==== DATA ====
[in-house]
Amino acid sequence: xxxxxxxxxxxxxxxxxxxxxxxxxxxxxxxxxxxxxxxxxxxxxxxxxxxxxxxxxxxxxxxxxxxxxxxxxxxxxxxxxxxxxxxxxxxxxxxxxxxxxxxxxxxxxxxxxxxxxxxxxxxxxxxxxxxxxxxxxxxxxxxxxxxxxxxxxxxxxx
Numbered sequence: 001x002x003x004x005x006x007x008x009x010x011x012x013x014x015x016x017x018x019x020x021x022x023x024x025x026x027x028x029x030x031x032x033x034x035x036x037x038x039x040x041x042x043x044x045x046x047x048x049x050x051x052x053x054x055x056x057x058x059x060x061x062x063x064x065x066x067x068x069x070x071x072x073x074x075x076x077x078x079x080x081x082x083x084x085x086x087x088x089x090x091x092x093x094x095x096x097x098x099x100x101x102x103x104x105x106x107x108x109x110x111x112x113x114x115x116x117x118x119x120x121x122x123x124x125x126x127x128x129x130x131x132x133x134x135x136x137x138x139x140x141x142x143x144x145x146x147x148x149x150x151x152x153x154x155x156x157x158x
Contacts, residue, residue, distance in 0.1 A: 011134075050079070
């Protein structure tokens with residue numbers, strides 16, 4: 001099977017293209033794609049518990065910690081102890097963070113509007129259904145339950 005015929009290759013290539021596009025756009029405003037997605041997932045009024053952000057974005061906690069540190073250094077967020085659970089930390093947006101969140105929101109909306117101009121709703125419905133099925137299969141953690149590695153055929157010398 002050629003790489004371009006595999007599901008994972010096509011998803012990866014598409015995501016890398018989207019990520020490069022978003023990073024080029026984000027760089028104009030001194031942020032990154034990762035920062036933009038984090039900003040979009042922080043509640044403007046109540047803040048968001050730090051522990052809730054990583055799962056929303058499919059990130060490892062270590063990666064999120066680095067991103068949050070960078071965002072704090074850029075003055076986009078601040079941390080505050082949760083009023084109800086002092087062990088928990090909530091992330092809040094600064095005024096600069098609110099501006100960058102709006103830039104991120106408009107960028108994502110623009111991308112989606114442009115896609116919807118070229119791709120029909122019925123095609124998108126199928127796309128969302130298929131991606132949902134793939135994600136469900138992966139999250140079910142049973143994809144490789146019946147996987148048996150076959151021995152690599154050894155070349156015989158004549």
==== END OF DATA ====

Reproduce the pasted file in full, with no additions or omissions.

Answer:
[in-house]
Amino acid sequence: xxxxxxxxxxxxxxxxxxxxxxxxxxxxxxxxxxxxxxxxxxxxxxxxxxxxxxxxxxxxxxxxxxxxxxxxxxxxxxxxxxxxxxxxxxxxxxxxxxxxxxxxxxxxxxxxxxxxxxxxxxxxxxxxxxxxxxxxxxxxxxxxxxxxxxxxxxxxxx
Numbered sequence: 001x002x003x004x005x006x007x008x009x010x011x012x013x014x015x016x017x018x019x020x021x022x023x024x025x026x027x028x029x030x031x032x033x034x035x036x037x038x039x040x041x042x043x044x045x046x047x048x049x050x051x052x053x054x055x056x057x058x059x060x061x062x063x064x065x066x067x068x069x070x071x072x073x074x075x076x077x078x079x080x081x082x083x084x085x086x087x088x089x090x091x092x093x094x095x096x097x098x099x100x101x102x103x104x105x106x107x108x109x110x111x112x113x114x115x116x117x118x119x120x121x122x123x124x125x126x127x128x129x130x131x132x133x134x135x136x137x138x139x140x141x142x143x144x145x146x147x148x149x150x151x152x153x154x155x156x157x158x
Contacts, residue, residue, distance in 0.1 A: 011134075050079070
């Protein structure tokens with residue numbers, strides 16, 4: 001099977017293209033794609049518990065910690081102890097963070113509007129259904145339950 005015929009290759013290539021596009025756009029405003037997605041997932045009024053952000057974005061906690069540190073250094077967020085659970089930390093947006101969140105929101109909306117101009121709703125419905133099925137299969141953690149590695153055929157010398 002050629003790489004371009006595999007599901008994972010096509011998803012990866014598409015995501016890398018989207019990520020490069022978003023990073024080029026984000027760089028104009030001194031942020032990154034990762035920062036933009038984090039900003040979009042922080043509640044403007046109540047803040048968001050730090051522990052809730054990583055799962056929303058499919059990130060490892062270590063990666064999120066680095067991103068949050070960078071965002072704090074850029075003055076986009078601040079941390080505050082949760083009023084109800086002092087062990088928990090909530091992330092809040094600064095005024096600069098609110099501006100960058102709006103830039104991120106408009107960028108994502110623009111991308112989606114442009115896609116919807118070229119791709120029909122019925123095609124998108126199928127796309128969302130298929131991606132949902134793939135994600136469900138992966139999250140079910142049973143994809144490789146019946147996987148048996150076959151021995152690599154050894155070349156015989158004549």